Dr. Aboagye also demised the pessimistic argument that it is a political approach to solving a major health problem to win votes: “We will not use the lives of Ghanaians for political expediency; no, we are professionals at the NHIA.”

Dr. Aboagye appealed for support from the media and the public to make the reforms successful and achieve universal health coverage.

The NHIA Acting CEO also revealed that the Health Committee of Parliament and government agencies in the health sector have agreed on a roadmap to address the late release of funds to the National Health Insurance Scheme (NHIS).

He noted that stakeholders, including representatives of the Ministry of Health, the Ministry of Finance, the Controller and Accountant General, and NHIA leadership, met to discuss how to facilitate the release of funds by the government to the NHIA to run the NHIS.

The NHIA CEO also disclosed that the scheme’s coverage for renal diseases may be expanded to include other chronic diseases.

He explained that this is because kidney disease is not the only chronic illness in the country; as such, the NHIA is running actuarial studies to inform the way forward after the first announced six months of renal disease coverage.

So my advice, which the government knows about and on which we are working, is that we should look at it in totality. How do we fund chronic diseases, including dialysis?

"So what is happening is that we'll use this as learning to obviously see what we can do. By that time, the actuarial study would have been ready,” Dr Aboagye said.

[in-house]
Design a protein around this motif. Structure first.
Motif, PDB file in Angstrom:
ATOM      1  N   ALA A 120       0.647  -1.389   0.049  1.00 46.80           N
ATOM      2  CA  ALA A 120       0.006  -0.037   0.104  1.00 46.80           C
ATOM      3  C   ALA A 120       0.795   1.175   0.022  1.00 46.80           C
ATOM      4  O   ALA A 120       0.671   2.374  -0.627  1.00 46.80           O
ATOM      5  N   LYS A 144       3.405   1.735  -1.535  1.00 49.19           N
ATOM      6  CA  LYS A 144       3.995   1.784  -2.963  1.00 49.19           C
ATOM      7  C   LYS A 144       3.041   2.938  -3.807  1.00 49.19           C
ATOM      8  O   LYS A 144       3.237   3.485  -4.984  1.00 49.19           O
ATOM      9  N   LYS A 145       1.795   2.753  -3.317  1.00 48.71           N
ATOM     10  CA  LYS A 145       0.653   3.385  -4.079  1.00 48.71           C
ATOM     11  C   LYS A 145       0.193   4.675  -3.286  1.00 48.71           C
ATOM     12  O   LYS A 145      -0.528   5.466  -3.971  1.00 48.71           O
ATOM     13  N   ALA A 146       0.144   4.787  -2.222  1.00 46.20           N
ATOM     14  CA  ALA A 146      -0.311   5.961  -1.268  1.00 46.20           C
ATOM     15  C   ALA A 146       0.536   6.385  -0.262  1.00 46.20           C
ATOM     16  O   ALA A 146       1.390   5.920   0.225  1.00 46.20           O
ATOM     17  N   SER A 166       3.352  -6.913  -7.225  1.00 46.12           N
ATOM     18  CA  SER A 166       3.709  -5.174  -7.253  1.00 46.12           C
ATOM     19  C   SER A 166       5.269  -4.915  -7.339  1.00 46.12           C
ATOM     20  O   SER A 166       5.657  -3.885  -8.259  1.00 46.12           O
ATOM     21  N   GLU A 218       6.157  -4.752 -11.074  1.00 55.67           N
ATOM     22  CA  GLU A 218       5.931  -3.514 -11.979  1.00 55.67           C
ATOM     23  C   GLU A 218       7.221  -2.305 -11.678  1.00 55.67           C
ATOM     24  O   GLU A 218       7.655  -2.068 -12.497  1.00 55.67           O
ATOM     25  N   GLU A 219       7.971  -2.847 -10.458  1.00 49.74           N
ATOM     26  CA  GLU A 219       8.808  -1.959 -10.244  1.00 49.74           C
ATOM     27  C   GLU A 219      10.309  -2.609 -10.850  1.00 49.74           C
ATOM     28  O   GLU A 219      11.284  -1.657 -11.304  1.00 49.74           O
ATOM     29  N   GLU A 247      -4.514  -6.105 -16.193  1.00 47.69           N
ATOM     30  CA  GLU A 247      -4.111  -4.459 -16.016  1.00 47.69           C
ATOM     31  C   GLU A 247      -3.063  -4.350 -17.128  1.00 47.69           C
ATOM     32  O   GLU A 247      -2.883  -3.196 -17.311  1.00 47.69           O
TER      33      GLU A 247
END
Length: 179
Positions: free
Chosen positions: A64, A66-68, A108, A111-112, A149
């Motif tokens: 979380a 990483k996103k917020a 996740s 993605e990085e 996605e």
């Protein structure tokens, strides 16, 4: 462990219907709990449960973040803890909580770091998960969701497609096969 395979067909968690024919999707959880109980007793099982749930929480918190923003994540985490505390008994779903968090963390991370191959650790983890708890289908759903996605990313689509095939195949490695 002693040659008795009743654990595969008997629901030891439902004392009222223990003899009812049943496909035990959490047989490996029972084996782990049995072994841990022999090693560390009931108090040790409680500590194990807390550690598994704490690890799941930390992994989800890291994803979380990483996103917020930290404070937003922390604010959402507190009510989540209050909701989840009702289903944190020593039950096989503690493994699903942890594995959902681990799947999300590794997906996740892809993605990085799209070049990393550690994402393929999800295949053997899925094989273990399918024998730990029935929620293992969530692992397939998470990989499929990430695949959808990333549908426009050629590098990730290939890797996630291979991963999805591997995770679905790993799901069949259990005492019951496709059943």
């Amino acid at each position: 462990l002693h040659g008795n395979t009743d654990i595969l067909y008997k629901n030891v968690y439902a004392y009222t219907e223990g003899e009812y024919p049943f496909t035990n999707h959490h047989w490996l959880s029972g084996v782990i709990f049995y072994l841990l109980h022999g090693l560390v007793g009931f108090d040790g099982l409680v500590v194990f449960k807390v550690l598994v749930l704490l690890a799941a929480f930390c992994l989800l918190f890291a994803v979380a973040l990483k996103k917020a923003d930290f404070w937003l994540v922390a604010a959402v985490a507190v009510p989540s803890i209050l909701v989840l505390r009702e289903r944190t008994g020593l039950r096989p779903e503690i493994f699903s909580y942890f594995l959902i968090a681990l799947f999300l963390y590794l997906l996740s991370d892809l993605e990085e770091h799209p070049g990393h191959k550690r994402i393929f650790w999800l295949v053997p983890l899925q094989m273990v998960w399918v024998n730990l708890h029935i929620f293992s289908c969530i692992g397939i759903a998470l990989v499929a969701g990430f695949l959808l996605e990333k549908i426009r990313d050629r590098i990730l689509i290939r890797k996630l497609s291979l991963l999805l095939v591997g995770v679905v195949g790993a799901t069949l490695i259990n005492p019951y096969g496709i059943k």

Regarding which other chronic diseases might be included, the NHIA CEO said that he cannot prematurely disclose any other details to prevent expectations.

“But what I know is that we are looking at it in totality. It's not the case that we are only going to look at kidney diseases. We are going to look at other diseases. Governments do have a comprehensive plan from where I sit to not only focus on kidney diseases but other chronic diseases,” Dr. Aboagye added.

Dr Aboagye said that the NHIA would roll out preventive medical care, explaining “that the shift from a curative to a preventive approach, is essential for reducing the overall cost burden of healthcare.

“So the NHIS, by next month, will be rolling out what we call preventive healthcare as part of the claims budget.

"So far, since its inception, we have been focusing on curative care and services. How do we start from the bottom by introducing something that will reduce these chronic diseases and the cost burden?"

Other key points discussed include: formalizing the system by using the Ghana card as a unique identifier for NHI membership; automatic enrollment of SSNIT contributors; reviewing tariffs and implementing an automatic price adjustment mechanism; and solving the issue of illegal charges and co-payments.

The CEO as part of the engagement solicited the support of the public, especially the media, in educating the public, on the general reforms which also included improving access to dialysis treatment, especially for vulnerable populations, and enhancing preventive healthcare and e-pharmacy services.

CDA Consult
CDA Consult

News ContributorPage: CDAConsult